Web Development WordPress

Create a Virtual File in WordPress with Support for WordPress Multisite

Recently I was working on a WordPress Multisite instance, and I needed each site (multilingual in this instance) to have their own unique dynamically generated sitemap. I generated these sitemaps by creating virtual files within WordPress.

This article shows you how to create a virtual file, and then how to ensure that that virtual file is not accessible through every site in your WordPress Multisite instance.

Setting Up Rewrite Rules

To create a virtual file, the first thing we need to do is create some rewrite rules, so that WordPress knows what to do with the virtual URL where we want our file will appear.

The following example creates two sitemap URLs sitemap.xml and sitemap-fr.xml.

function matt_watson_sitemap_rewrites() {
	global $wp;
	$wp->add_query_var( 'map' );

	add_rewrite_rule( 'sitemap\.xml$', 'index.php?map=sitemap', 'top' );
	add_rewrite_rule( '^sitemap-fr\.xml$', 'index.php?map=sitemap-fr', 'top' );
}
add_action( 'init', 'matt_watson_sitemap_rewrites', 99 );

Note how we add a query variable of ‘map’ and then we map the name of our sitemap to this query.

Prevent Canonical Redirects

Sometimes if you have canonical redirects enabled (say through a plugin such as Yoast SEO) WordPress will attempt to add a slash to the end of your URL. We can prevent this by using this function.

function matt_watson_prevent_slash_on_map_variable( $redirect ) {
	if ( get_query_var( 'map' ) ) {
		return false;
	}
	return $redirect;
}
add_filter( 'redirect_canonical', 'matt_watson_prevent_slash_on_map_variable' );

Creating the Virtual File Content

Now finally, we need to setup the virtual files themselves. To do this we can hook into the template_include hook. Here is a very simplified version of what our sitemaps could look like.

Note how we use the map variable to determine which virtual file we wish to display.

function matt_watson_sitemap_contents( $template ) {
	$map = get_query_var( 'map' );
	if ( ! empty( $map ) ) {
		header( 'Content-type: text/xml' );
		if ( 'sitemap' === $map ) {
			?>
			<?xml version="1.0" encoding="UTF-8"?>
			<sitemapindex xmlns="http://www.sitemaps.org/schemas/sitemap/0.9">
				<sitemap>
					<loc>https://mattwatson.codes/post-sitemap.xml</loc>
				</sitemap>
			</sitemapindex>
			<?php
		} elseif ( 'sitemap-fr' === $map ) {
			?>
			<sitemapindex xmlns="http://www.sitemaps.org/schemas/sitemap/0.9">
				<sitemap>
					<loc>https://mattwatson.codes/fr/post-sitemap.xml</loc>
				</sitemap>
			</sitemapindex>
			<?php
		}
		die();
	}
	return $template;
}
add_action( 'template_include', 'matt_watson_sitemap_contents' );

Bonus: Include Static Files in Your Virtual URL

The above example was very simple, but you could map static files into these virtual URLs by pulling the contents of them into the file. For example, here we are using sitemaps in the root directory ‘maps’ and dynamically including them based on the map variable.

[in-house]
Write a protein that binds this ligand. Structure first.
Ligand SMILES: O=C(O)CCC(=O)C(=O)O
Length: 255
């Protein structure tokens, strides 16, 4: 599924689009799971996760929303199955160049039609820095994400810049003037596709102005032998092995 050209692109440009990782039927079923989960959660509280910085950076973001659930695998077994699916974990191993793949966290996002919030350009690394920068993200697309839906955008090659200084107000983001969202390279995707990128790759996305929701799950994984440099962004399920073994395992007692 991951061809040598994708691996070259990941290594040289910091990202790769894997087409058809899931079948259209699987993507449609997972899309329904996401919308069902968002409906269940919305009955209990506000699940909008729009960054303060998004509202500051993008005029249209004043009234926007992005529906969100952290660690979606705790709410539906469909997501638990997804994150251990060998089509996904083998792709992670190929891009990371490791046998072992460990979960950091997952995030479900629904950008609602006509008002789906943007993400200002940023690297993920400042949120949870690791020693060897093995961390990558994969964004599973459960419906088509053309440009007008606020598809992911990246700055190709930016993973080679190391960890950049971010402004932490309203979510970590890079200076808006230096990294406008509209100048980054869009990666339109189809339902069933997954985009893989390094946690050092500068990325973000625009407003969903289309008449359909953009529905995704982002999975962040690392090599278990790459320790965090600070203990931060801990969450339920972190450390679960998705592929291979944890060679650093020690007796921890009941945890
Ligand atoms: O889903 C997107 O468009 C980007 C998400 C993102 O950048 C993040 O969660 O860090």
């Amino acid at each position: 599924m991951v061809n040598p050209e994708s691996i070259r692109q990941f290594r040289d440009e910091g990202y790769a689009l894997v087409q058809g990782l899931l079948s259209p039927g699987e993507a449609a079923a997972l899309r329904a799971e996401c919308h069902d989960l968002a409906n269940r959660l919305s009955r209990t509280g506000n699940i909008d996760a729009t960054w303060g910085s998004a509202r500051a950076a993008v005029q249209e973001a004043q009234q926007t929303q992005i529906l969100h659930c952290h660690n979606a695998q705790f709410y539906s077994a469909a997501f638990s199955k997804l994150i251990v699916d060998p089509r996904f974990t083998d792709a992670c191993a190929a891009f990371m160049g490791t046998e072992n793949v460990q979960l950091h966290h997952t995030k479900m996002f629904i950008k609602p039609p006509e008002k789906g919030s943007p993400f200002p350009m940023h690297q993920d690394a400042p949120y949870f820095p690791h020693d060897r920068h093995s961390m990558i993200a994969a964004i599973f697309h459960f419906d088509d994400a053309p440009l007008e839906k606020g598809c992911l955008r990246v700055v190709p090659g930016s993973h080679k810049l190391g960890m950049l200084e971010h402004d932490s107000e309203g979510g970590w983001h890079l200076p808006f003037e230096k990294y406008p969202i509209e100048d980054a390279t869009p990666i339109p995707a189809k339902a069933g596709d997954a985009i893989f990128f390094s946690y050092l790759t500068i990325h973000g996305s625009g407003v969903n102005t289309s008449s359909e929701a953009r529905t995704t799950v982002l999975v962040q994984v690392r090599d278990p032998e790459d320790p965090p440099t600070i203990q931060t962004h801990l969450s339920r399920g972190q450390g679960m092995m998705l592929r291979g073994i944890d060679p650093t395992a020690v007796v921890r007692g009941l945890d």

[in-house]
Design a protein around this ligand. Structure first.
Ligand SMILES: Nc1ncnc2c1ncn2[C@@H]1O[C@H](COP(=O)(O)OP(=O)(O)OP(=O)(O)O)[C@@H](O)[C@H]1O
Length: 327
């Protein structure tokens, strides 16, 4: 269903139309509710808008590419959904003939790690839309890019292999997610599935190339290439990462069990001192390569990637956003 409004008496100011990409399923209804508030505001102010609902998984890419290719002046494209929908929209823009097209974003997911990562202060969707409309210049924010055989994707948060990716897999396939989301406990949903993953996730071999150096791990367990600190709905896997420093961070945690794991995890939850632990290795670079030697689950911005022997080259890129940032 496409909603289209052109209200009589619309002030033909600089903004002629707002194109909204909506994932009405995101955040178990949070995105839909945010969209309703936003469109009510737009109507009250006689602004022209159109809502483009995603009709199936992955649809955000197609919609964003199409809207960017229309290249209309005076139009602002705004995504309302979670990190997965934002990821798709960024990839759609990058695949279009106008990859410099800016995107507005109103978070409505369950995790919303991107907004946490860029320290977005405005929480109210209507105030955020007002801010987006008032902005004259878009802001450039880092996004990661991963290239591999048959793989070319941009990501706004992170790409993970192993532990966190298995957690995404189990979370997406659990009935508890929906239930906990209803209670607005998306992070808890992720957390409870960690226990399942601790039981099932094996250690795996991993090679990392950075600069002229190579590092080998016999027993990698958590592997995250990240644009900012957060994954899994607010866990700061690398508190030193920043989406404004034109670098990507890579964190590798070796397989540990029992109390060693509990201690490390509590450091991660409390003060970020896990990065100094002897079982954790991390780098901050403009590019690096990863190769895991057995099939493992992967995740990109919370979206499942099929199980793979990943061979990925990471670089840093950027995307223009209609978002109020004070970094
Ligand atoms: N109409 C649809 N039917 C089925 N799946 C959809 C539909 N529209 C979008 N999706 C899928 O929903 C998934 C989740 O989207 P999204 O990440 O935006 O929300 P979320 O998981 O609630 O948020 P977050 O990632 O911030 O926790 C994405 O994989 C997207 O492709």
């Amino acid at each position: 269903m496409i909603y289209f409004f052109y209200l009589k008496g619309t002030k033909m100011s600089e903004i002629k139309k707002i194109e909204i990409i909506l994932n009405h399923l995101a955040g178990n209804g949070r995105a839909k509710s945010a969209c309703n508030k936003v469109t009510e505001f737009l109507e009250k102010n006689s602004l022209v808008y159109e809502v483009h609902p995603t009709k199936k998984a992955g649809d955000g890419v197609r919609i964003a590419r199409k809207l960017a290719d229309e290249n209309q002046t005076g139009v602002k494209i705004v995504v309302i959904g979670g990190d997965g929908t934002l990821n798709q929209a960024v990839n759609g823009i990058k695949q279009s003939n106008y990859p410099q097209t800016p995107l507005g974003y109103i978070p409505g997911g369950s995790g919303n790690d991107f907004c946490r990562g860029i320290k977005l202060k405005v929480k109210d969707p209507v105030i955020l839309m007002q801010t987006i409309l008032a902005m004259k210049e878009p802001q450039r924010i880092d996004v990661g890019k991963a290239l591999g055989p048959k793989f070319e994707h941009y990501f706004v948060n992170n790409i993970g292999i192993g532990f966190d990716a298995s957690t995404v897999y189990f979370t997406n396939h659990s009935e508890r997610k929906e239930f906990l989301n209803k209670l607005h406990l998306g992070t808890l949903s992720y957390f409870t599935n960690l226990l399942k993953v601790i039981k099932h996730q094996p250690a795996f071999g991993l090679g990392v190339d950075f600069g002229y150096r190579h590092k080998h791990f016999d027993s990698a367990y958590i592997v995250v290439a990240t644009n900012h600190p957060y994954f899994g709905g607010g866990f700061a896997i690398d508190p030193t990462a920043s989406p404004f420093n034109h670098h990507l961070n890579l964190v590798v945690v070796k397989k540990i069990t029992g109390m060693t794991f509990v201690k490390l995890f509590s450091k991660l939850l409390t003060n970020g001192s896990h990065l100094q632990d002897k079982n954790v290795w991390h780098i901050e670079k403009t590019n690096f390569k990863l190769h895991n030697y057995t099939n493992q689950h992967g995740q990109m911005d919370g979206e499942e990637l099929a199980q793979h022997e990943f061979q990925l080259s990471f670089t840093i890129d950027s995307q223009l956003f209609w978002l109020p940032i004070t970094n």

function matt_watson_sitemap_from_file( $template ) {
	$map = get_query_var( 'map' );
	if ( ! empty( $map ) ) {
		if ( ! function_exists( 'get_home_path' ) ) {
			include_once ABSPATH . '/wp-admin/includes/file.php';
		}
		header( 'Content-type: text/xml' );
		include get_home_path() . 'maps/' . $map . '.xml';
		die;
	}
	return $template;
}
add_action( 'template_include', 'matt_watson_sitemap_from_file' );

Flushing Rewrite Rules

The last thing you will need to do, before you see your virtual files is flush the rewrite rules. If you have pasted the above directing into functions.php the best course of action is to go to Settings > Permalinks in your WordPress dashboard and re-save your permalinks. But if you are building a plugin, you can hook into the activation hook so they automatically kick in when you activate your plugin:

register_activation_hook( __FILE__, 'flush_rewrite_rules' );

You can read more about flushing rules in the WordPress Codex  for other methods that may be relevant to your scenario.

Our French Sitemap
Our French Sitemap

This works great! The virtual files are created no problem, but if I then visited the french version of the site and looked for the sitemap (eg: https://mattwatson.codes/fr/sitemap.xml) I would be able to see the english version of the sitemap. Not ideal.

Unique Virtual Files in WordPress Multisite

The solution to prevent virtual files in your other WordPress Multisite instances is pretty simply really. All you need to do when you are setting up your rewrites, is to check that site you are currently viewing is the one you want that virtual file to appear in.

function matt_watson_sitemap_rewrites() {
	global $wp;
	$wp->add_query_var( 'map' );

	if ( get_current_blog_id() == '1' ) {
		add_rewrite_rule( 'sitemap\.xml$', 'index.php?map=sitemap', 'top' );
	}

	if ( get_current_blog_id() === get_id_from_blogname( 'fr' ) ) {
		add_rewrite_rule( '^sitemap-fr\.xml$', 'index.php?map=sitemap-fr', 'top' );
	}
}
add_action( 'init', 'matt_watson_sitemap_rewrites', 99 );

If you have WordPress Multisite turned off, the above function will break, so you might want to check that the get_current_blog_id function exists before you try to use it.

Matt Watson loves to talk about Health, Wealth and Code (mainly WordPress). Get in touch with Matt or follow Matt on Twitter to get notified about his latest posts.